This year, RESOLVE's theme for National Infertility Awareness Week is "You are not alone."
I participated in this awareness week two years ago, but when I saw the theme for this
year, I knew I had something to say.
I started my infertility journey being
angry, scared and utterly alone. Aside from my mom and my husband, everyone
else thought we were just too busy with college programs and wanting to buy a house and start thinking about starting a family. When I tentatively started letting people in,
some were supportive, some were quick to dole out the advice and some were too
uncomfortable to even bring it up.
It wasn't until we went to our first
appointment at the fertility clinic, where things started to get more real,
that I made one of the biggest decisions of my life: deciding to put our story
up on social media. My heart started pounding as soon as I posted it. What
would people think about such a personal entry? What if they tell us to just
relax and it would happen when it was time? Even worse, what if no one said
anything at all?
It was after that post, after receiving
more comments and words of support than I ever imagined I would receive, that I
decided to take it one step further: I started a blog. A very public blog. Some
may have thought I was crazy, to put it all out there: the inseminations, the
timed intercourse, the entries of negative pregnancy tests that most would have
only written to themselves in a carefully hidden diary. I took the most
intimate moments of creating a baby with my husband and I put it out there for
the world to read.
It was, without a doubt, the best decision
I could have made.
By reaching out, by putting my infertility
out there, I found other bloggers who were going through the same things. I
remember reading posts, my eyes wide, thinking to myself, I could have written
this very same post. Those same bloggers would in turn read my own entries,
commenting that they would have felt the same way, done the same thing.
It's what I want to tell anyone who is experiencing infertility: You, friend, are not alone.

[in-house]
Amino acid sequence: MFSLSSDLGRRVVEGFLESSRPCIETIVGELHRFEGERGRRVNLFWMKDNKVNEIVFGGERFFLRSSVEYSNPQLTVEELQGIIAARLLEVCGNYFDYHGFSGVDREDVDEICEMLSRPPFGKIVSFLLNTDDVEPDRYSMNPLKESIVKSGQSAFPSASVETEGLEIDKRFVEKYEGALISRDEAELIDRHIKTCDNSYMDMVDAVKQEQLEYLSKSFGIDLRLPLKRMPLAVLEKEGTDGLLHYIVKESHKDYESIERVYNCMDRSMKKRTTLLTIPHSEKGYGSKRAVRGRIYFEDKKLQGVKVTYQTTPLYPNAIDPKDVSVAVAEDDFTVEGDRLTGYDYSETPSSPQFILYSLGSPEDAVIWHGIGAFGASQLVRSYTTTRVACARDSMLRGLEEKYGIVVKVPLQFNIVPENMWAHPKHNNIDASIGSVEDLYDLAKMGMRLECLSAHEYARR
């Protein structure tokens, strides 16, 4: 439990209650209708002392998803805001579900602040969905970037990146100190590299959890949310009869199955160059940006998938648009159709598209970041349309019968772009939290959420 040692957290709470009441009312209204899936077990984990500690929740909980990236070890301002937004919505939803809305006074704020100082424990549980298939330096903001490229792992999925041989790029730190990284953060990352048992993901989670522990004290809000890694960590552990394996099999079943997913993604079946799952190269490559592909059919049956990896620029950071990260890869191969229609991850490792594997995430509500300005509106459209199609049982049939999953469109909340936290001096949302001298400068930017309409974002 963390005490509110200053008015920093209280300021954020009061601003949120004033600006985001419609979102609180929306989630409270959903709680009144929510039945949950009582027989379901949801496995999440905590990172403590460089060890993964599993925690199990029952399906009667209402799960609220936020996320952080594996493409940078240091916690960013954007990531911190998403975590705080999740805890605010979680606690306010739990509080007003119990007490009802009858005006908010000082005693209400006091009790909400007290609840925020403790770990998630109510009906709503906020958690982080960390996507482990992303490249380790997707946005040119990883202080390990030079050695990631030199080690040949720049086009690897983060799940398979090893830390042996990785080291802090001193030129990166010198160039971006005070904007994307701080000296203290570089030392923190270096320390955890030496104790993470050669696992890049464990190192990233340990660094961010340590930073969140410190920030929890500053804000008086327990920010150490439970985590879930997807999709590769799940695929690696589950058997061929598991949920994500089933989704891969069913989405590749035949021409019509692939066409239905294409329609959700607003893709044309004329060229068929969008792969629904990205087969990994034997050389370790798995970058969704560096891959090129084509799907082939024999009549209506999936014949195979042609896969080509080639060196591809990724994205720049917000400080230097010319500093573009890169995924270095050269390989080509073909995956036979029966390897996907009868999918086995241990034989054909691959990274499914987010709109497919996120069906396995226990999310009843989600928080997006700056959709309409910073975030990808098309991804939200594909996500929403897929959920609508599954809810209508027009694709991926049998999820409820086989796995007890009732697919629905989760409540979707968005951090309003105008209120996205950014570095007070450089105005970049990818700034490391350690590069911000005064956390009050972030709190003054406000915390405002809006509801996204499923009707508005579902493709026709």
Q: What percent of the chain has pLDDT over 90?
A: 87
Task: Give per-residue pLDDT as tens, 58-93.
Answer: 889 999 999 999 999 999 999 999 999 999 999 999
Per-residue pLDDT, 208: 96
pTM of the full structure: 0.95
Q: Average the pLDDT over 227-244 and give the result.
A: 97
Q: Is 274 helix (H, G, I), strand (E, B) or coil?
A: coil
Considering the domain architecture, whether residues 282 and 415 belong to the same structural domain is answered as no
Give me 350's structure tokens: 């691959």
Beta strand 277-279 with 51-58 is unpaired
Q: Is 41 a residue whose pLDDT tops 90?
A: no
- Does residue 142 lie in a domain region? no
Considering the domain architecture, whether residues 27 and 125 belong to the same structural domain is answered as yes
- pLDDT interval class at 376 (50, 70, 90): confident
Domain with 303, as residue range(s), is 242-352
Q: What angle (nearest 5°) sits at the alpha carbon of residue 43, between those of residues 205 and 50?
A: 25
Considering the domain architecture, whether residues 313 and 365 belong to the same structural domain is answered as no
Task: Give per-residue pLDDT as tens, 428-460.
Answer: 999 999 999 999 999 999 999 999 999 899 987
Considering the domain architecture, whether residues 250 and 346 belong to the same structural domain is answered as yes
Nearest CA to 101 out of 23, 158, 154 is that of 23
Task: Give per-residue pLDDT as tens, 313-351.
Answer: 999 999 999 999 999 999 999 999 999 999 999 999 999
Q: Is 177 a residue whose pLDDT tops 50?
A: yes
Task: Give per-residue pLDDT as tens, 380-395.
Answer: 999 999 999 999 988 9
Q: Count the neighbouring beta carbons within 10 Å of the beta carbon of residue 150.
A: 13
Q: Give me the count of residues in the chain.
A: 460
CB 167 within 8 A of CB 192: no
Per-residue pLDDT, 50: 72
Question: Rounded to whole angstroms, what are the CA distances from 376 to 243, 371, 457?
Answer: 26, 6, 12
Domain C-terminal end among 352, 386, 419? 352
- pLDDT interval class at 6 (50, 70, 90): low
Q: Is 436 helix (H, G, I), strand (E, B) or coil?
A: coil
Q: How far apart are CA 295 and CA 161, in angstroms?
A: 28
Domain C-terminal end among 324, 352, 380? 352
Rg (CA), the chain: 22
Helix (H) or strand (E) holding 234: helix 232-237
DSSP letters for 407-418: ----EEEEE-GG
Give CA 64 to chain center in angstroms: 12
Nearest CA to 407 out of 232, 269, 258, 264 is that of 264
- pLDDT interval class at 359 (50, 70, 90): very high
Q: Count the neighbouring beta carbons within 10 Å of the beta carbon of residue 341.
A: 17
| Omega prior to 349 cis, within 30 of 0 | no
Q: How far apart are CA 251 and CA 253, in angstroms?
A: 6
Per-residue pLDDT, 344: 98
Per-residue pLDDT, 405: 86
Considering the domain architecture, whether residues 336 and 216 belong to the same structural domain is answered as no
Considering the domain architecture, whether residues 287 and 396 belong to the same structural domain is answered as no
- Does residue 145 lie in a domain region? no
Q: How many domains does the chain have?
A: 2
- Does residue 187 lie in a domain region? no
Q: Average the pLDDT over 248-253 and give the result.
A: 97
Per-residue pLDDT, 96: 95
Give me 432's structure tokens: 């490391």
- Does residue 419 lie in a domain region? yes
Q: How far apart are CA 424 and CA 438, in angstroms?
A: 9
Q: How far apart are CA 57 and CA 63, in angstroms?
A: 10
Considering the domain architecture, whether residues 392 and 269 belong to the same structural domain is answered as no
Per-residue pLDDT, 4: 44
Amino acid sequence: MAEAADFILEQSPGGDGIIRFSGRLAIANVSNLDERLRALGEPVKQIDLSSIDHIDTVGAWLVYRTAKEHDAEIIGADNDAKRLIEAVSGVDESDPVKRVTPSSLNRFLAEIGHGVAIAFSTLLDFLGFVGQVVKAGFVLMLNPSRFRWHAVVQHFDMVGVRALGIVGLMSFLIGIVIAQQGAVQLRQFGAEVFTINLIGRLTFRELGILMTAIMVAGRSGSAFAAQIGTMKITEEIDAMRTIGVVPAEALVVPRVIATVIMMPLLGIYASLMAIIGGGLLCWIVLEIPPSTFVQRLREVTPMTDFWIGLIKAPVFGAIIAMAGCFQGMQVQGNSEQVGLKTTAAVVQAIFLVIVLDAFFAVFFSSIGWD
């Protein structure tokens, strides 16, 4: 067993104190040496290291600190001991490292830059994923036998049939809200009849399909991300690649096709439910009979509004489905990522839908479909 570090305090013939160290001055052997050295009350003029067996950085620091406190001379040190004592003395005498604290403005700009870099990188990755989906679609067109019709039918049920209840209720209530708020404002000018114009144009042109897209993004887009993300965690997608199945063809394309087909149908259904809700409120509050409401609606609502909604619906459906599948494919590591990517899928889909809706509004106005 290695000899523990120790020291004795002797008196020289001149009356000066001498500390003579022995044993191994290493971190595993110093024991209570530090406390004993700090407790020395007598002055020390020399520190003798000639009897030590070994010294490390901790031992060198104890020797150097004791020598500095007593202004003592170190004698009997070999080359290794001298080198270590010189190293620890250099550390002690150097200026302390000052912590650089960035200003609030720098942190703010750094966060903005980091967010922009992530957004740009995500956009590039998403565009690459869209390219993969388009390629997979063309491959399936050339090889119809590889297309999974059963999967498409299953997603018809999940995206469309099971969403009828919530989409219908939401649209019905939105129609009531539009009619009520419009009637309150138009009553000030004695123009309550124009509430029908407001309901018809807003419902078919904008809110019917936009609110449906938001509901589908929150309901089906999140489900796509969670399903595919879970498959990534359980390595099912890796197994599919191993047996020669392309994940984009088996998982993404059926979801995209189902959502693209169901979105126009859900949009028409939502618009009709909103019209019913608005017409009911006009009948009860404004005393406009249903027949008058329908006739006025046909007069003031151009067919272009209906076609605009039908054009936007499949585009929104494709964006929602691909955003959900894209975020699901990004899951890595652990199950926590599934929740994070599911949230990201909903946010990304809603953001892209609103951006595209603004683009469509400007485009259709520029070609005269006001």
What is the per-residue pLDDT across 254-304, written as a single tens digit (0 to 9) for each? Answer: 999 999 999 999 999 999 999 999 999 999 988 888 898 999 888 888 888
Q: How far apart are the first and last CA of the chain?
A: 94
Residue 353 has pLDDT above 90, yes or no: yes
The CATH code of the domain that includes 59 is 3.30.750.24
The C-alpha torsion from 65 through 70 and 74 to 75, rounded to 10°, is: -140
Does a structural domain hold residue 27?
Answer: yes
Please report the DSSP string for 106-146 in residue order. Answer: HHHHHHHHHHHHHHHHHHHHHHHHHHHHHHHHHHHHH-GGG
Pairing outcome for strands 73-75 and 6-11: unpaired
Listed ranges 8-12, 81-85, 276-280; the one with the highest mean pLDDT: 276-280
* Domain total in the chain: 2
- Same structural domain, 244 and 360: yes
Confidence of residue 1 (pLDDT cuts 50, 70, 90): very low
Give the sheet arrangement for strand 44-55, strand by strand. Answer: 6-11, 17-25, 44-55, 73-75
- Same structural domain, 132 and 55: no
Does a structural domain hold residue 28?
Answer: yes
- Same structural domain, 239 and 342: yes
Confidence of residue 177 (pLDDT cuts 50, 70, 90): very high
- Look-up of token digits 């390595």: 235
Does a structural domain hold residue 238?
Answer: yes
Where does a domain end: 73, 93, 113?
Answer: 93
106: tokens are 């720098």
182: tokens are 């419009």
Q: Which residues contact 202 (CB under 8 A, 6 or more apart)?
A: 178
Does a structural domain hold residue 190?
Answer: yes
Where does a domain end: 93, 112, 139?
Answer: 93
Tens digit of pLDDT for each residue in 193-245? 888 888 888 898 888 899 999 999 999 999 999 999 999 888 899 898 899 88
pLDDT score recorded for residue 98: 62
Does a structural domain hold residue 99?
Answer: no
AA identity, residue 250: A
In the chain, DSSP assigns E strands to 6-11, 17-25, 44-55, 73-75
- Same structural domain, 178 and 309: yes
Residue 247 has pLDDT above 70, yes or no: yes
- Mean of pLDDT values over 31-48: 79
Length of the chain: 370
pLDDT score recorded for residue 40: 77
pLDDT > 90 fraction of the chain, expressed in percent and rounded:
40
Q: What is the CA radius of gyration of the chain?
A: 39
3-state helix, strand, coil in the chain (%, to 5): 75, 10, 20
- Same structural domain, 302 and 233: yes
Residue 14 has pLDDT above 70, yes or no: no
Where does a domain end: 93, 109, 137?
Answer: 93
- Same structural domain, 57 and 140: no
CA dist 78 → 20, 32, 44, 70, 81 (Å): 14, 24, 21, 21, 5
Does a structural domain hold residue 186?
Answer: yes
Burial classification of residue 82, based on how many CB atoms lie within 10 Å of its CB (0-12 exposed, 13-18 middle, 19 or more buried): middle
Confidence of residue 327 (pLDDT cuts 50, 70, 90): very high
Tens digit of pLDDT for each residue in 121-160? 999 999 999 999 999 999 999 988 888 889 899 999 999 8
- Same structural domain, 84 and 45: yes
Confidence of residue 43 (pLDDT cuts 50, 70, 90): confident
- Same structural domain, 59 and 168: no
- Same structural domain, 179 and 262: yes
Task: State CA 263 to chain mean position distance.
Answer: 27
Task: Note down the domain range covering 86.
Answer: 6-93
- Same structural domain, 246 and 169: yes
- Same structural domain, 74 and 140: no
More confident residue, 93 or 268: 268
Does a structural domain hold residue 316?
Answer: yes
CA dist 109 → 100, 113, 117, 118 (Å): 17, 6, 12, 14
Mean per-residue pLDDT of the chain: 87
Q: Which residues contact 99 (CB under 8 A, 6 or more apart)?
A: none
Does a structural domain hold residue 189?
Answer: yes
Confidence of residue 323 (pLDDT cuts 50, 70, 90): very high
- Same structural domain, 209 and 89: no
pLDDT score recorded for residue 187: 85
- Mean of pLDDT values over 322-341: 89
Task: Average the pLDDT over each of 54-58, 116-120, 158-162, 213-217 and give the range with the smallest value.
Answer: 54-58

Three years, three IUIs, three IVFs and two donor egg cycles later, infertility blogging has become a part of me,
no different than my own arms or legs. I'm friends on Facebook with the same
bloggers I "met" online three years ago. I have an overflowing shoebox of all the
gifts and cards I have received from bloggers over the years. Putting my blog
out there for everyone has blessed me with friends I've made in real life, and
has put me in contact with old acquaintances that have come forward and shared
their own stories with me.
The theme "You are not alone" isn't just
something I tell myself anymore. It's what I want to tell anyone who is
experiencing infertility: You, friend, are not alone.
That pregnancy test that was negative this
morning? I've had those too.
That third IVF that failed? I've been
The baby you lost after years of trying to
get pregnant and finally succeeding? Oh, sweet friend, I'm crying right along
I've walked in your shoes. I've nodded
along as you try to explain what it's like to be the only one of your friends
still without a child. I understand you better than most of the people in your
life. If you are reading this, and you haven't told a soul about your
treatments, your babies you've lost, please know, you are not alone.
I encourage you to find some sort of connection to others going through the same thing. It can truly mean the difference between defeat and survival.
Not everyone can share their story to the
world. For some, there has been too much judgment; for others, there is shame
or awkwardness. Some people are private, and that's OK. I encourage you to find
some sort of connection to others going through the same thing. It can truly
mean the difference between defeat and survival. Unless you are comfortable
with those in your life knowing, create a blog, lock it down with all the
privacy settings you want and connect with other bloggers. Read other blogs.
Join an online support group. Or, find a local in-person infertility support
group. RESOLVE has them. Churches may have them. Connect with those you know in
real life going through infertility. One in 8 couples are going through the same
thing. Chances are, you know one of them.
I know myself and how excited I get when I
learn someone I know has gone through treatments. I will go right to people,
regardless of how well I know them and I will share my story. And every single
time I have done that, I see the relief in their faces. That look of "You
too?" My closest friends have been discovered in the last three years all
because one of us stepped forward and put ourselves out there by saying, "Hey,
I'm going through this too. I get it."
Infertility steals so much from us: our free
time, our money, our ability to plan more than a few days ahead. It's stolen
family members who just can't support us. It's stolen friendships, faiths, a
normal sex life, our bodies.
Don't let infertility steal this too. Don't
let infertility leave you feeling isolated. You may inevitably go broke, you
may be hurt by family and friends who don't understand, you may question your
faith, feel like you can't have sex without permission from your doctor, and be
bruised by endless needles.